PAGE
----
Lee R. Raymond

Exxon Mobil Corp.

Editor's note: This profile is part of Hart Energy's 50th anniversary Hall of Fame series honoring industry pioneers of the past 50 years and the Agents of Change (ACEs) who are leading the energy sector into the future.

Lee R. Raymond

Lee Raymond spent 42 years in the oil patch in a variety of roles, but his legacy will always be tied to the transformational 1999 merger that joined Exxon and Mobil, creating Exxon Mobil.

“Lee Raymond started an institution that became an American economic cornerstone,” Wood Mackenzie – Genscape sales director Carl Larry told Hart Energy. 

The merger, which added $1.2 billion in net earnings in the first year, resulted in what is still the largest U.S. oil and gas company. Exxon Mobil’s $439 billion market value is only surpassed among oil companies globally by Saudi Arabia’s Saudi Aramco’s $2.06 triillion, according to the Forbes Global 2000 List 2023: Top 200, using data through May 2023.

When compared to Exxon Mobil’s direct European peers, it takes three of them combined to surpass the Irving, Texas-based company’s market value: UK’s Shell ($206 billion), France’s TotalEnergies ($152 billion) and UK’s BP ($108 billion).

Today, Exxon Mobil maintains a strong presence in the U.S. in addition to its global operations that span from Argentina and Guyana in Latin America to Canada, Europe, Asia Pacific, Africa, Caspian and the Middle East.

Lee Raymond received the Woodrow Wilson Award for corporate citizenship in 2003. (Source: Hart Energy archives)

“The merger was intended to allow Exxon Mobil to compete more effectively with the recently combined multinational oil companies and the very large state oil companies who [were] rapidly expanding outside their home base both geographically and functionally,” Raymond said in 1999.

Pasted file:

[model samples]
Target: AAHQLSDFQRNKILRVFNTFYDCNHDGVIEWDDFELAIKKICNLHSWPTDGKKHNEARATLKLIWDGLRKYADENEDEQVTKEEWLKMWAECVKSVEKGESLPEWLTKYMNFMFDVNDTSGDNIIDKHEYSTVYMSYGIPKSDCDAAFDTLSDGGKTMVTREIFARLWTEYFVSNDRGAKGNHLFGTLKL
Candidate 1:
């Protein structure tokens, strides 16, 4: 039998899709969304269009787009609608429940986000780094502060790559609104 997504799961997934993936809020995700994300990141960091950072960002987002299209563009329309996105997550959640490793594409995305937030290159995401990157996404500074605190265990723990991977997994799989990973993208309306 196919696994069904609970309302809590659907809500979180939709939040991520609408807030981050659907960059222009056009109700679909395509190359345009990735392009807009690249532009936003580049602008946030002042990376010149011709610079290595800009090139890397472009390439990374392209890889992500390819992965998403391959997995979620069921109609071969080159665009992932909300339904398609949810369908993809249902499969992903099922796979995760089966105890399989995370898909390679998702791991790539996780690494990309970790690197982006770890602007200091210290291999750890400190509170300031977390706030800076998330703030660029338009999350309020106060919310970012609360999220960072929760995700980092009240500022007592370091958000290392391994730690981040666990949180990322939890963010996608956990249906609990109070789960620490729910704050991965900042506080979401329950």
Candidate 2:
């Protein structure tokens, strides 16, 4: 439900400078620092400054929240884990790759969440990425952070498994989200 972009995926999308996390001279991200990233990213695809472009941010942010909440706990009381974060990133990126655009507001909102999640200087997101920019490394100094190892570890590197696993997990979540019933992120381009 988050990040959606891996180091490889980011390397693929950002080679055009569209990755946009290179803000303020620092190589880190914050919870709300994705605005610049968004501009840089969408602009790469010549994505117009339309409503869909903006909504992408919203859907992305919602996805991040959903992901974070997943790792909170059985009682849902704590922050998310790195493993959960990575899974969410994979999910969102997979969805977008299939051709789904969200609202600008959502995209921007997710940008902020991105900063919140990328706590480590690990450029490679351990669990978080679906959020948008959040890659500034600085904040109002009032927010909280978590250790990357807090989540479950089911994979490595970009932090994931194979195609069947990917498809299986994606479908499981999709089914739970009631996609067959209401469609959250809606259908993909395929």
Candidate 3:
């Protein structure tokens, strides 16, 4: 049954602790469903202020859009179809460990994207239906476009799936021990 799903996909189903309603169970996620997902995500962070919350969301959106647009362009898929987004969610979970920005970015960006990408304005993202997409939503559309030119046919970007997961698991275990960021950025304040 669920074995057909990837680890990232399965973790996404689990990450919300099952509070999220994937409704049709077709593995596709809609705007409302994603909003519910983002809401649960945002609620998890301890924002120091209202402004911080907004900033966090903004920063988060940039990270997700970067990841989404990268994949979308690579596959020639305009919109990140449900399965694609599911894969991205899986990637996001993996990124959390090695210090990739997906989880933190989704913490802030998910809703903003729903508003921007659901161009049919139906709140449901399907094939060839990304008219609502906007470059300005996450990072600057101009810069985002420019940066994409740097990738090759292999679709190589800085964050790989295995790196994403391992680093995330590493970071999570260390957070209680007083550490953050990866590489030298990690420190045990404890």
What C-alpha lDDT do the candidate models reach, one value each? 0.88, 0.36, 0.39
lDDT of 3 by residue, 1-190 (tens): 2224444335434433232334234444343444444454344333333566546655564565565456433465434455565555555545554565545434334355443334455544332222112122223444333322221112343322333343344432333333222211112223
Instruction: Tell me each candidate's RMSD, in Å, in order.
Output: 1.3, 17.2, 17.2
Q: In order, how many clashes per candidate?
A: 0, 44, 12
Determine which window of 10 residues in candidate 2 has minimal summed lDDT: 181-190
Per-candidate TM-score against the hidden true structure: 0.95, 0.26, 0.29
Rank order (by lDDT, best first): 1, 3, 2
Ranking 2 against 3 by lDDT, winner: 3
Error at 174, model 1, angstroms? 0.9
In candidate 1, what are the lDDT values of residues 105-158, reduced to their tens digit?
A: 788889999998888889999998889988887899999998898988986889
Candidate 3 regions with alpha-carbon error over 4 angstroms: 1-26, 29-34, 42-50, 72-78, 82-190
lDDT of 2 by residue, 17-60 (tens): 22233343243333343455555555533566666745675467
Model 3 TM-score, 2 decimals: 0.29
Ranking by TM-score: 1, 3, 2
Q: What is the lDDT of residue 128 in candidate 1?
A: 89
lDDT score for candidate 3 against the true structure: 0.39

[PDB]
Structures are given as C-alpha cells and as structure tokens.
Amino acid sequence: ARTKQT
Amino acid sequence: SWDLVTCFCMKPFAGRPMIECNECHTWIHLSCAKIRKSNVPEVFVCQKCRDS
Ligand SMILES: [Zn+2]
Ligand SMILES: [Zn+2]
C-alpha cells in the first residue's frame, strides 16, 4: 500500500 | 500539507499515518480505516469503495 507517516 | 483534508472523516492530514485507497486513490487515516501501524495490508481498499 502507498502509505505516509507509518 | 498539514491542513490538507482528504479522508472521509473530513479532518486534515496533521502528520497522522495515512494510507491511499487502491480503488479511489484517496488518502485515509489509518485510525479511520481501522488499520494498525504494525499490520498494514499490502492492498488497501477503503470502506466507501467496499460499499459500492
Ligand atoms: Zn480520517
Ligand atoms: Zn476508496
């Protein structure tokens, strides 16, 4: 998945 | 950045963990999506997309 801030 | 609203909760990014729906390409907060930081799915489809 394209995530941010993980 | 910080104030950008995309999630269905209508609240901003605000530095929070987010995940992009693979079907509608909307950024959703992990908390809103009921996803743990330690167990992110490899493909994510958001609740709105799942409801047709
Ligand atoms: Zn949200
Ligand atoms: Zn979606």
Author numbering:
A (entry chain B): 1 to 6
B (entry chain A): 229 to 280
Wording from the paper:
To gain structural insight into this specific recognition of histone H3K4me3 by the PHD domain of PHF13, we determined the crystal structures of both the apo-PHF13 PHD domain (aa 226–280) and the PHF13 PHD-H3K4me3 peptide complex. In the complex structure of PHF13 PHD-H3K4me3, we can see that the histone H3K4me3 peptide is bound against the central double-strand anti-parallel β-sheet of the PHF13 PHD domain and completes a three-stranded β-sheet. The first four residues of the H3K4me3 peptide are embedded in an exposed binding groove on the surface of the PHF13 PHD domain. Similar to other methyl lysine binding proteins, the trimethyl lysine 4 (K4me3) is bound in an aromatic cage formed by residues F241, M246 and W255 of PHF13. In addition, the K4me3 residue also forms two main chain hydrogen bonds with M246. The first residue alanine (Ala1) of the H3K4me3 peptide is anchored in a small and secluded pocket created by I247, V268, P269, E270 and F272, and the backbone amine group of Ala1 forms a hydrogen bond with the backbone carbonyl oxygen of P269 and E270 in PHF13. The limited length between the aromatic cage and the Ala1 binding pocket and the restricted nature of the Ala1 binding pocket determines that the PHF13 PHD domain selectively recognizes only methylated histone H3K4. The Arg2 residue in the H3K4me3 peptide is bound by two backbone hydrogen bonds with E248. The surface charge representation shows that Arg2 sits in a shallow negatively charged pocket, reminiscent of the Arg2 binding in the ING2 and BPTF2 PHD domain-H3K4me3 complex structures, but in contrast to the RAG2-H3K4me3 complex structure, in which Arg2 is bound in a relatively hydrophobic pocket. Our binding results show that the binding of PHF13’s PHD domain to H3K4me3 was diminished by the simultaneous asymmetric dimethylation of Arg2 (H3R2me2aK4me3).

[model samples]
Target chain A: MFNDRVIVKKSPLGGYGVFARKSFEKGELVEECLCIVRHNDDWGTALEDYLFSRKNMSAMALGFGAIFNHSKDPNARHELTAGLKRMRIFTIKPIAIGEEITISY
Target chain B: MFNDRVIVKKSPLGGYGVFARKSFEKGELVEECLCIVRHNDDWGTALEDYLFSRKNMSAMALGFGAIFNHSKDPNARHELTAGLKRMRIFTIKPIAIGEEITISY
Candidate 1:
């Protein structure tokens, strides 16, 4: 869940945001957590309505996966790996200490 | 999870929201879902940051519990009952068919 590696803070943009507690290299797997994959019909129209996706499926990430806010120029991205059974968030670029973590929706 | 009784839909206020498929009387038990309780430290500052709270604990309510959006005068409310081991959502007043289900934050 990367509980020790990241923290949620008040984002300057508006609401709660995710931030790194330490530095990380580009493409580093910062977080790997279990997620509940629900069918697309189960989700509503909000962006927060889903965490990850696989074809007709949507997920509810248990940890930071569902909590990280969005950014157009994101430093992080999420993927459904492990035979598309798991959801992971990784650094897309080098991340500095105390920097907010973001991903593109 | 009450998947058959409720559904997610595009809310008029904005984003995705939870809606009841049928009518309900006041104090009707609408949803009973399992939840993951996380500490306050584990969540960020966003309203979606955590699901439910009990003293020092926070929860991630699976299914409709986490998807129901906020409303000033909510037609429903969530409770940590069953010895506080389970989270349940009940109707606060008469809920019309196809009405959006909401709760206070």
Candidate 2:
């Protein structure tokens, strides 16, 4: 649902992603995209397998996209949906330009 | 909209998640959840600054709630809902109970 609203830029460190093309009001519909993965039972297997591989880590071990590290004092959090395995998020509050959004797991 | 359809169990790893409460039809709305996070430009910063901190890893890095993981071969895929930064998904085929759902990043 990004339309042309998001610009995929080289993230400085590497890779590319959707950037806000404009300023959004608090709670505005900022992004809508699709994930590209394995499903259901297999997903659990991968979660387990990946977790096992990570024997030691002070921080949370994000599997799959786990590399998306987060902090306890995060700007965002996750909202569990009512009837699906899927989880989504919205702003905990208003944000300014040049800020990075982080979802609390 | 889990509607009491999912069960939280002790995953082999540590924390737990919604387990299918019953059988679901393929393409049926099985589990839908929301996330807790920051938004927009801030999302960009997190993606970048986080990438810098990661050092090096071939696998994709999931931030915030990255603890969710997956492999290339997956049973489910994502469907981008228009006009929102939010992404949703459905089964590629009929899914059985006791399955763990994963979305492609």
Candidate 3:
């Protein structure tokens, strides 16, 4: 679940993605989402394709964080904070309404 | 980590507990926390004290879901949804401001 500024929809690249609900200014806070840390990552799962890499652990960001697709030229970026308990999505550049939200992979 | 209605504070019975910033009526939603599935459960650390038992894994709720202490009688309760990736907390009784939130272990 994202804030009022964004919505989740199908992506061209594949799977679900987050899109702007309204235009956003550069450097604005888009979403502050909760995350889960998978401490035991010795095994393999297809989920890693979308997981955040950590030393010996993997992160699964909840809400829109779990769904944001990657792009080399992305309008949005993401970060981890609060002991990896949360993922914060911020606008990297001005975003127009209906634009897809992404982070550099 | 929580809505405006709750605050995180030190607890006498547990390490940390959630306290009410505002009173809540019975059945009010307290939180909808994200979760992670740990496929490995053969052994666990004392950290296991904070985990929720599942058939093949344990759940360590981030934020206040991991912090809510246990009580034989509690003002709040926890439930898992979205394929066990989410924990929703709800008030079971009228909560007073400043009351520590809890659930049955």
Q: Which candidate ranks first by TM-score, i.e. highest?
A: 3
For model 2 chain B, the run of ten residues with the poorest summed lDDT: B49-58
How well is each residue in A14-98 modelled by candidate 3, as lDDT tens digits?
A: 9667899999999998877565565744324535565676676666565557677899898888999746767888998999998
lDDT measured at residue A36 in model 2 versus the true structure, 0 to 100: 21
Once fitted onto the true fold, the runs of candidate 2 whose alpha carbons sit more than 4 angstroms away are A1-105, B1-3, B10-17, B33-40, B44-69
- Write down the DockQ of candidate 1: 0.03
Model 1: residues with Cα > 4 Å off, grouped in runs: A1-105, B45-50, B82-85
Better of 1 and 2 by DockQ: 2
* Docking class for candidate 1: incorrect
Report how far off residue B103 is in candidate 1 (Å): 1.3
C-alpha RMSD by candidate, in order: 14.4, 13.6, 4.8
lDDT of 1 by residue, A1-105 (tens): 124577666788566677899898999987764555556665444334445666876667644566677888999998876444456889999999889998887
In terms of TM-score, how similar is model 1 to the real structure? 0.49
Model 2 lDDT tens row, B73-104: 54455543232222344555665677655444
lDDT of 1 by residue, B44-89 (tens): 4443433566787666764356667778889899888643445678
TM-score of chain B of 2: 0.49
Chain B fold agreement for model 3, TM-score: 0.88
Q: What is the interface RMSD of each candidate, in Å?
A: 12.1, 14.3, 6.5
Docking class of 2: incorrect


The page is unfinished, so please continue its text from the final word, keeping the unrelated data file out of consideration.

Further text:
Raymond was Exxon’s chairman and CEO prior to the merger. He assumed the same roles under the newly created company.

A native of Watertown, S.D., Raymond graduated from the University of Wisconsin in 1960 with a bachelor’s degree in chemical engineering. He later received a Ph.D. in the same discipline from the University of Minnesota in 1963, the same year he joined Exxon. 

Raymond started as a production research engineer but went on to hold positions with Creole Petroleum, Exxon’s operating affiliate in Venezuela before those facilities were nationalized; the former Exxon International, which was responsible for Exxon’s international supply and transportation of petroleum products and crude oil; and Lago Oil & Transport Co., the Exxon affiliate in Aruba.

He rose to become president of Exxon Nuclear Co. in 1979, and was appointed executive vice president of Exxon Enterprises. In 1983, Raymond was named president and director of Esso Inter-America, with responsibilities for Exxon’s operations in the Caribbean, Central and South America. In 1984, he was appointed as a senior vice president and elected to Exxon’s board of directors. In 1987, he became president of the company.

Immediately after leaving Exxon Mobil in 2005, Raymond dedicated his time to JP MorganChase & Co. as a director before retiring in 2020. 

—Pietro D. Pitts, International Managing Editor

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